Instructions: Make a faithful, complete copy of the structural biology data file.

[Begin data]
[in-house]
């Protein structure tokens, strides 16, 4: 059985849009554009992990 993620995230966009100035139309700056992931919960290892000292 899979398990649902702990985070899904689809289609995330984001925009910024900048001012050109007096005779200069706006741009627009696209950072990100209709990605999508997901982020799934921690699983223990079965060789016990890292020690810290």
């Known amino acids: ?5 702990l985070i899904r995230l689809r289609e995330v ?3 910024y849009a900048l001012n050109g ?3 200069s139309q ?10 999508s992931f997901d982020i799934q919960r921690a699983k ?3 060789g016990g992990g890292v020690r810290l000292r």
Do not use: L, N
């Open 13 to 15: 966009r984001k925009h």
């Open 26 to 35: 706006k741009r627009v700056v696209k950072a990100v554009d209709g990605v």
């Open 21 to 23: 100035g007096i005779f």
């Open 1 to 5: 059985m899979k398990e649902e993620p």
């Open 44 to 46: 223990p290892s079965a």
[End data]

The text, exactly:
[in-house]
């Protein structure tokens, strides 16, 4: 059985849009554009992990 993620995230966009100035139309700056992931919960290892000292 899979398990649902702990985070899904689809289609995330984001925009910024900048001012050109007096005779200069706006741009627009696209950072990100209709990605999508997901982020799934921690699983223990079965060789016990890292020690810290």
């Known amino acids: ?5 702990l985070i899904r995230l689809r289609e995330v ?3 910024y849009a900048l001012n050109g ?3 200069s139309q ?10 999508s992931f997901d982020i799934q919960r921690a699983k ?3 060789g016990g992990g890292v020690r810290l000292r």
Do not use: L, N
């Open 13 to 15: 966009r984001k925009h």
């Open 26 to 35: 706006k741009r627009v700056v696209k950072a990100v554009d209709g990605v």
């Open 21 to 23: 100035g007096i005779f």
């Open 1 to 5: 059985m899979k398990e649902e993620p």
């Open 44 to 46: 223990p290892s079965a």